# Post correspondence problem

This is one of the three basic undecidable problems, the other two being the halting problem and Hilbert's tenth problem. To establish the algorithmic unsolvability of a specific problem, a reduction to the Post correspondence problem, [a3], is in many cases the most natural procedure.

Proofs of undecidability are either direct or indirect. Indirect proofs require some points of reference: problems already known to be undecidable. In regard to language theory, the most useful among such points of reference is the Post correspondence problem. For instance, when dealing with context-free languages, it is rather difficult to use the halting problem as a point of reference, whereas the Post correspondence problem is very suitable.

The Post correspondence problem can be described as follows. One has to decide for two lists, both consisting of words, whether or not some catenation of words in one list equals the corresponding catenation of words in the other list. Here "corresponding" means that words in exactly the same positions in the two lists must be used. For example, if the two lists are

 (a1)

and one catenates the first, second, first, and third words in the lists (in this order), then the word results in both cases. This is expressed by saying that "the sequence of indices 1, 2, 1, 3 is a solution for an instance of the Post correspondence problemsolution for instance of the Post correspondence problem" . On the other hand, the instance consisting of the two lists

 (a2)

possesses no solution. This can be shown by the following argument. A possible solution of (a2) must begin with the index 1. Then the index 2 must follow, because the word coming from the second list must "catch up" the missing . So far the words and are obtained. Since one of the words must always be a prefix of the other, one concludes that the next index in the solution must be 2, yielding the words and . But because neither of the words in the first list begins with , one concludes that no further continuation is possible.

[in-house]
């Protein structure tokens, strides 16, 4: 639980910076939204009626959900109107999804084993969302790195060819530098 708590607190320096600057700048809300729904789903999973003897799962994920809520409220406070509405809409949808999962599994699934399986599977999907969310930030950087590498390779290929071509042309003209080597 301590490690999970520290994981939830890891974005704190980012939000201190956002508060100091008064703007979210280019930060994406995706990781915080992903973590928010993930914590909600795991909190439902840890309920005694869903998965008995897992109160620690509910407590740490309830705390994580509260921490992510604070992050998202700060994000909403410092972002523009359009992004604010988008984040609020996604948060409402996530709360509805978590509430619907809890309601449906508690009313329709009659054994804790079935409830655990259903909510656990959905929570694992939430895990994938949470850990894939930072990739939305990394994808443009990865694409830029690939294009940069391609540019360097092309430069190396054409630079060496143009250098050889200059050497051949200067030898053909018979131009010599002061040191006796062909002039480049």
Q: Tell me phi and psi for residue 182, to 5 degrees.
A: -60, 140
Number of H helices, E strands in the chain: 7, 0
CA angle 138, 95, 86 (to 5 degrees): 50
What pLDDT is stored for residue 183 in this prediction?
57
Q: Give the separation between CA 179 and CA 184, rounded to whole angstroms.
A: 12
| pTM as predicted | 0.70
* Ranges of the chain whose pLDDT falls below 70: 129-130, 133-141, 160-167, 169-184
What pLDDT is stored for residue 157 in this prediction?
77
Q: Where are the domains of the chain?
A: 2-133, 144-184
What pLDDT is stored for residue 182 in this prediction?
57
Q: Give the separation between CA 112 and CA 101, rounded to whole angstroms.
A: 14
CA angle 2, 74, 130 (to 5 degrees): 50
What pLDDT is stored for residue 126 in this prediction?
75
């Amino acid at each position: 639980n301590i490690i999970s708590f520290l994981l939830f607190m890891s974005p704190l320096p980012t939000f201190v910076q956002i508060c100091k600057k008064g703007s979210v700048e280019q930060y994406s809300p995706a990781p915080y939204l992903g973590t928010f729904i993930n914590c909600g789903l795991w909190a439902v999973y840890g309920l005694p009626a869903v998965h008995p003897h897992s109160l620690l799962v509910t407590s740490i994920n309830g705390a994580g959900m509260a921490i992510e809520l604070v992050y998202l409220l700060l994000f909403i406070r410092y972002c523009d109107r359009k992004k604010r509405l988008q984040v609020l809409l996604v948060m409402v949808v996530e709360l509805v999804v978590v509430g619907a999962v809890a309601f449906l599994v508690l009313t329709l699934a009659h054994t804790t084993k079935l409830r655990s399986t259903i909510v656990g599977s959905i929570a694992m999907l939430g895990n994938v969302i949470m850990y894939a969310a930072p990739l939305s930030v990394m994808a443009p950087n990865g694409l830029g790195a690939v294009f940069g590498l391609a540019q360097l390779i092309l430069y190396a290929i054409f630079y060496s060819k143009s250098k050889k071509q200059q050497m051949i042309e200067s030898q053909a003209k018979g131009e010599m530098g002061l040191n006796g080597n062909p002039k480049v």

The notion of a morphism provides a convenient way of giving a formal definition for the Post correspondence problem. Let and be two morphisms with domain alphabet and range alphabet . The pair is called an instance of the Post correspondence problem. A non-empty word over such that is referred to as a solution of this instance.

For some instances of the Post correspondence problem it is rather easy to find out whether or not they have solutions. Above it was observed that (a1) has a solution, whereas (a2) has no solution. There are also some classes of instances for which an easy decision procedure exists. One such class consists of all instances for which consists of a single letter. Then the two lists have the form

 (a3)

It is easy to verify that (a3) has a solution if and only if either there is a such that , or else there are and such that and .

By the decidability of the Post correspondence problem is meant the existence of an algorithm that settles every instance. To show the undecidability of the Post correspondence problem, one reduces it to the halting problem, or, equivalently, to the membership problem of recursively enumerable languages. (See Formal languages and automata.)

Assume that the Post correspondence problem is decidable and consider an arbitrary grammar with non-terminal and terminal alphabets and , respectively, start letter , and set of productions. Further, consider an arbitrary word over . Below an instance of the Post correspondence problem is constructed such that has a solution if and only if is in . Since the construction of will be effective, this gives a method of deciding whether or not is in .

The letters of are denoted by , where is the start letter. Let

be the set of productions of . It may be assumed that none of the words and is empty. Let